Between a motorway and a Mesolithic place

Today I spent the morning with my friend Stephen Poole at Windy Hill, just above junction 22 of the M62 near Rochdale. We went to have a look at a spur just above the valley bottom, however we had a wander around first. We started out at the test pits we excavated last summer. Stephen along with Richard Blakeley and Brian Howcroft carried on after the University of Manchester dig finished. I had not been back and so Stephen updated me on their Mesolithic finds and his current thoughts. After that Windy Hill farm, or the remains of, was second on the list. This is an image of the farm from a 1925 copy of the Rochdale Observer.

This is a photograph of the farmhouse doorway today. Until recently there was a second lintel above the doorway and facing outwards with the letters WJM 1687 carved into it. That has disappeared.

I also learned a little about building terminology. For example this chamfered stone in the middle of the window is called a mullion.

Some of the windows still had evidence of how glass was cemented into the frame.

The next word I learnt was ‘quoins’. Here is a photograph of some quoins in action, holding the structure of the wall together.

Because the quoins are integrated into the stonework on the right the wall on the left seems to have been added at a later date.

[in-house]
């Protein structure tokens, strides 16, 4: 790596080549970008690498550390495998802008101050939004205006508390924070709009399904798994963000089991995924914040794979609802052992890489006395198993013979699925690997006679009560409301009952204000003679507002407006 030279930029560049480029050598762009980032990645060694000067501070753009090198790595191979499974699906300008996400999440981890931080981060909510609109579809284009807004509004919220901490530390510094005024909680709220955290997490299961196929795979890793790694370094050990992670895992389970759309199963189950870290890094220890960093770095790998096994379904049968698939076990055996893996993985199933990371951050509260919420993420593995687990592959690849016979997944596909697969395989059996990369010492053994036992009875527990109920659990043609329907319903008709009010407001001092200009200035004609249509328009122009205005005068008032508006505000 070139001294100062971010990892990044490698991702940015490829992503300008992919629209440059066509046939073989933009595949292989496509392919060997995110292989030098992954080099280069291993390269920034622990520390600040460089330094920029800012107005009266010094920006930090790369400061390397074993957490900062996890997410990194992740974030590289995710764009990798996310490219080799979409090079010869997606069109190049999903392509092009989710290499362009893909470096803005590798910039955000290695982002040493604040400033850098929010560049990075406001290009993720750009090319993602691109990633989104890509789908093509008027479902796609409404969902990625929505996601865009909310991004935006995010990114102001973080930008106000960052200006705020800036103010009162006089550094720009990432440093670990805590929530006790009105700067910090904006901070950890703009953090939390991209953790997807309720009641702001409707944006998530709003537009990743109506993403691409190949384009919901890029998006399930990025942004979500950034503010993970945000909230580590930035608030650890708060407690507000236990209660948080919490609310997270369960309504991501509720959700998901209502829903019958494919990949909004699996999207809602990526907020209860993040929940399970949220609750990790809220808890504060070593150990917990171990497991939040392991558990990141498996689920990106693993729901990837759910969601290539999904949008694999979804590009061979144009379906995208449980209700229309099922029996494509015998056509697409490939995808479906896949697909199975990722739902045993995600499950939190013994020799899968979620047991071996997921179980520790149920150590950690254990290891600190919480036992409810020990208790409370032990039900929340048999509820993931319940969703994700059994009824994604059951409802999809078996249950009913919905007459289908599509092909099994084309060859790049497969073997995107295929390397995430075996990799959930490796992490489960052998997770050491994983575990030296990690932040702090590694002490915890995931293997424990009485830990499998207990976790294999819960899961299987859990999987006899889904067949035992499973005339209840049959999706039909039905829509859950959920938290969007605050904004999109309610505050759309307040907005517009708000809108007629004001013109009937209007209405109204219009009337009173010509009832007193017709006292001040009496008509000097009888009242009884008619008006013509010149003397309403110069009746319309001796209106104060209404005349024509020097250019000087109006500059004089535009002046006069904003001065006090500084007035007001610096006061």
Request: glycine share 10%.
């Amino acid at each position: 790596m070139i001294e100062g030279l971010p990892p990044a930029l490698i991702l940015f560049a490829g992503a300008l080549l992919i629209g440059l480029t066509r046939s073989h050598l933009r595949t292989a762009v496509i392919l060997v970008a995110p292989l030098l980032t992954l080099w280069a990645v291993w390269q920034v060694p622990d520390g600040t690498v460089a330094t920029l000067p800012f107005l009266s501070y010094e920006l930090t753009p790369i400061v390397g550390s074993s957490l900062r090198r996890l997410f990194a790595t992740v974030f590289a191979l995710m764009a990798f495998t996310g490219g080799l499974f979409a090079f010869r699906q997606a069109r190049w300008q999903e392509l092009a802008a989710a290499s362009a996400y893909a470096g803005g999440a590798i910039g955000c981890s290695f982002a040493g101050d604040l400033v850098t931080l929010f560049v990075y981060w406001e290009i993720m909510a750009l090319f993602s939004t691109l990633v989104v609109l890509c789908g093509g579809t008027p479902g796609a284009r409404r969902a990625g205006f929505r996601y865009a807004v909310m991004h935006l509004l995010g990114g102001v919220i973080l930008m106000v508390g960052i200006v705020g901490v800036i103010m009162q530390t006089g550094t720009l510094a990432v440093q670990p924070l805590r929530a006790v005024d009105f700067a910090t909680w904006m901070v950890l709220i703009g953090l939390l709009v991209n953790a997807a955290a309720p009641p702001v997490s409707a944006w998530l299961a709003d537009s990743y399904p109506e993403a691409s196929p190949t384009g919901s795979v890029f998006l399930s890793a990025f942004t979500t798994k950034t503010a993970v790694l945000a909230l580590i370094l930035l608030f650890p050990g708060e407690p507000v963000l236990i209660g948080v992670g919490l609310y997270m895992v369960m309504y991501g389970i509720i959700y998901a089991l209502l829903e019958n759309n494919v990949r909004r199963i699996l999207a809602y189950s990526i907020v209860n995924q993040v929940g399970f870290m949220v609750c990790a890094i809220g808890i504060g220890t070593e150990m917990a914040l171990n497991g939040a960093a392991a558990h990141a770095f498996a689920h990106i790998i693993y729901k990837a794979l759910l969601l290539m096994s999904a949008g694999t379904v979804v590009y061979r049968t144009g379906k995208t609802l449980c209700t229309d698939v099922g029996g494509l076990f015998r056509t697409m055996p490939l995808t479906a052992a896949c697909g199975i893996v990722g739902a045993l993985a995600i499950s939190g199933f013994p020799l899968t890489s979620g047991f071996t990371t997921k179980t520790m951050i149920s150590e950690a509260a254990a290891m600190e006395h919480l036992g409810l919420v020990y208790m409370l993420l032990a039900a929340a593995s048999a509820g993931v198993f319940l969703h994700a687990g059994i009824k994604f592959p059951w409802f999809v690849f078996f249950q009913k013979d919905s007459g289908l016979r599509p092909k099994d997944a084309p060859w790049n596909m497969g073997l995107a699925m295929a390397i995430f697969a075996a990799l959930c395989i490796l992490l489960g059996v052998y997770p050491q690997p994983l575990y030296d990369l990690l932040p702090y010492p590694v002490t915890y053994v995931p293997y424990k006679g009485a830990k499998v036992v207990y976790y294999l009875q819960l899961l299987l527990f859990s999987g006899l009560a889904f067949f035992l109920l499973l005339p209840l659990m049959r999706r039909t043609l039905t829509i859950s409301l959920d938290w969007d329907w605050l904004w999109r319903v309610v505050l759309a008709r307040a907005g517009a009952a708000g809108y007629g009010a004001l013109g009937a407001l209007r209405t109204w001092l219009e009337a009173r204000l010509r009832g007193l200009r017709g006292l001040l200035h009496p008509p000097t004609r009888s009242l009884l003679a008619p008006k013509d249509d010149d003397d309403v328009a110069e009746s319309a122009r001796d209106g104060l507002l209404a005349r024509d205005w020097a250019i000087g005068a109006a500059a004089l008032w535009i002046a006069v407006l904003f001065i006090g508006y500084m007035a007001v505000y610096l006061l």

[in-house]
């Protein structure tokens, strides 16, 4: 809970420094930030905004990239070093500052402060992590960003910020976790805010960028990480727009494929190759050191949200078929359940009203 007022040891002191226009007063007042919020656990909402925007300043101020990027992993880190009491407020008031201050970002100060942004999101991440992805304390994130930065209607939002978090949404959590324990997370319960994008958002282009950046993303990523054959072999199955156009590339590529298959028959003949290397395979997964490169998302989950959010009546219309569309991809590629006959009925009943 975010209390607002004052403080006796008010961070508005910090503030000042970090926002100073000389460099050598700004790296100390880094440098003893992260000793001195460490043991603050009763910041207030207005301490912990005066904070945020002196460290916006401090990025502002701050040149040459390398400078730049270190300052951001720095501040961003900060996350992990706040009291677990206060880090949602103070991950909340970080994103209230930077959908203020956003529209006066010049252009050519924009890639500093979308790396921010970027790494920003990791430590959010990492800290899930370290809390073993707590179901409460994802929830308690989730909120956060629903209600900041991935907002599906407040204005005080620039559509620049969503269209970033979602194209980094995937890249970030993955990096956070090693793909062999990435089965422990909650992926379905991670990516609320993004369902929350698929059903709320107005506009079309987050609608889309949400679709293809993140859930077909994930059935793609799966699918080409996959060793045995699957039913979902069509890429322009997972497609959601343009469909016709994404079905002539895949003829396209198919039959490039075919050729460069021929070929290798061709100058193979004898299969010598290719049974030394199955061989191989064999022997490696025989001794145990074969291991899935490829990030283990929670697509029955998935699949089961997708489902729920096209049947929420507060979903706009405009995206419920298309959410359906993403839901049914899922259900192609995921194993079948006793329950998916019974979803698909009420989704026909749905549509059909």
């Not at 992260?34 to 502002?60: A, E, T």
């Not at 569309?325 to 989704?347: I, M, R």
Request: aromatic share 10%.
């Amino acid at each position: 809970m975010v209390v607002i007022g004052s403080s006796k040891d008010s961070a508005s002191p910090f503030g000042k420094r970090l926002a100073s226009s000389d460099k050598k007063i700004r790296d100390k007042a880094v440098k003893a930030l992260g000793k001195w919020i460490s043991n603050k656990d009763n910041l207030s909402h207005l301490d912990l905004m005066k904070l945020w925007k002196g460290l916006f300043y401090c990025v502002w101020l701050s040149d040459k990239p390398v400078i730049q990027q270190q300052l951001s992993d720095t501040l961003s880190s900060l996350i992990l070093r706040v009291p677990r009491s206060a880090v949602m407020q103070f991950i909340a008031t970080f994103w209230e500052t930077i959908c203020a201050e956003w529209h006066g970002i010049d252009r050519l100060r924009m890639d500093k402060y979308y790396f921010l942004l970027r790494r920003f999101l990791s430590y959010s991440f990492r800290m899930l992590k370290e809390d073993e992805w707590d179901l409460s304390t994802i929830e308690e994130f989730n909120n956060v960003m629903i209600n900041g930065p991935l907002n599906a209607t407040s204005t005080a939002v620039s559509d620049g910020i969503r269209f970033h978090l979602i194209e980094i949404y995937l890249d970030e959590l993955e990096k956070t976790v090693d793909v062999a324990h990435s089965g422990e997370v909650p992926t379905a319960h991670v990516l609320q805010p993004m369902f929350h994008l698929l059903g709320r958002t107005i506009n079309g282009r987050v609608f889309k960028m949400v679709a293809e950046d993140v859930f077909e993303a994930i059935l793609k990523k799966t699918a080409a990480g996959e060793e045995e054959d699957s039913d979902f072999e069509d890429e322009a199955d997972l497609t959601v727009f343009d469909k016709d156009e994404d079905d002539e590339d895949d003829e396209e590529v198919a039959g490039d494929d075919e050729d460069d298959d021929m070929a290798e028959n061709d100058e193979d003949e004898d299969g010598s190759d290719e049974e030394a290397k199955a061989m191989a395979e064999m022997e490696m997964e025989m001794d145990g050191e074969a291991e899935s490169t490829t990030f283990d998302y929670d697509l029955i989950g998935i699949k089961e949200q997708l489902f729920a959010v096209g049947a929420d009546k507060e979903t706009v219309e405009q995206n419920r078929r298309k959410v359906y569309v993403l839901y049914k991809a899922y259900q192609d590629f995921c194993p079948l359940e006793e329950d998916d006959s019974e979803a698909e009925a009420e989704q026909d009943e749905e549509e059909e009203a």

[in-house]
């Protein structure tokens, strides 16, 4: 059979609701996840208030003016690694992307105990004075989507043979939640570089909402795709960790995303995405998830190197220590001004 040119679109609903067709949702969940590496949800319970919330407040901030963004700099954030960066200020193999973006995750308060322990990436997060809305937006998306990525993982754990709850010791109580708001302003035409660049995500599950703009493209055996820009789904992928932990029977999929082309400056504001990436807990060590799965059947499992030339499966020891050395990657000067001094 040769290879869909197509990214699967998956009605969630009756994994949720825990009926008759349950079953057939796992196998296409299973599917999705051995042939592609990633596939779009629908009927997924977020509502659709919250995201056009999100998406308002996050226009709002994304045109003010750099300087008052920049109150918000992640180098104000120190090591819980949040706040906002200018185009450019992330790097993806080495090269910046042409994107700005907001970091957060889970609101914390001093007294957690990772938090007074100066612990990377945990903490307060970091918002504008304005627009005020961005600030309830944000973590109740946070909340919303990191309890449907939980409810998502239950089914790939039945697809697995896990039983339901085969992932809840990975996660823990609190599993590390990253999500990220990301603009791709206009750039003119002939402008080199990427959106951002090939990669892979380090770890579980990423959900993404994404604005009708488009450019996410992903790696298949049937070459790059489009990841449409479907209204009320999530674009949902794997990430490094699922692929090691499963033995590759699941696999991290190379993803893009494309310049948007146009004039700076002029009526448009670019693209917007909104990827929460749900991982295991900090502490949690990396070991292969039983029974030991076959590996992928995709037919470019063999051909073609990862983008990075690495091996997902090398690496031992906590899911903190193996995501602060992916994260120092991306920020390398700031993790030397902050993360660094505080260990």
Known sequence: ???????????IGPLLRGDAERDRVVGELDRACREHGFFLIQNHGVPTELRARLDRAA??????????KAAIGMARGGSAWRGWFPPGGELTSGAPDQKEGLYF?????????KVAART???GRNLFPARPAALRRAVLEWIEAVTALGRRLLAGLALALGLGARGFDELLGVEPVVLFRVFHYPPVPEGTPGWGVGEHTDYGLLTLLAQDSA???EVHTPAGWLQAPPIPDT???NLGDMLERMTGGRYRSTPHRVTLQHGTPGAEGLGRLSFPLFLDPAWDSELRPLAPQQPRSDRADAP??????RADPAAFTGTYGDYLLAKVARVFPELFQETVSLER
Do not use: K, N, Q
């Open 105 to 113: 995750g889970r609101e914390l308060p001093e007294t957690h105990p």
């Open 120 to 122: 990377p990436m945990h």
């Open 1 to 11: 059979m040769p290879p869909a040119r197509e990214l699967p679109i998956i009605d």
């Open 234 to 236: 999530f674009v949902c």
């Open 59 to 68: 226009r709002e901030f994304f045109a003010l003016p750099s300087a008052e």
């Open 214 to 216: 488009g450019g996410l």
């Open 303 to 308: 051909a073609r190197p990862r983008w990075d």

After rummaging around what remains of Windy Hill Farm we headed down into the valley. The valley separates the M62 from the farmhouse, and behind the farmhouse our test-pits.

Next on the agenda was this bend in the stream. Over many millennia the stream running through the valley bottom has cut through the original land surface. The result is an amazing stratigraphic section.

Anyway, it was starting to spit and we still hadn’t got to the spur we had come to look at. Stephen has a theory that flat spurs close to the water may have been useful locations for hide processing during the Mesolithic. He has found lithic scatters on similar spurs locally, consequently we are looking at doing some surveying and test pitting in a couple of months time.

Stephen scrapped away a small section and the – peat, mineral soil, fragmented sandstone natural – sequence seems to be the same as on the ridge above. After that we legged it back to the cars and then went to a cafe.

I didn’t make anything, apart from the journey, but I did learn quite a lot from Stephen, who has literally decades of experience of the area. On that basis I feel it is ok to shoehorn my mini review into this blog

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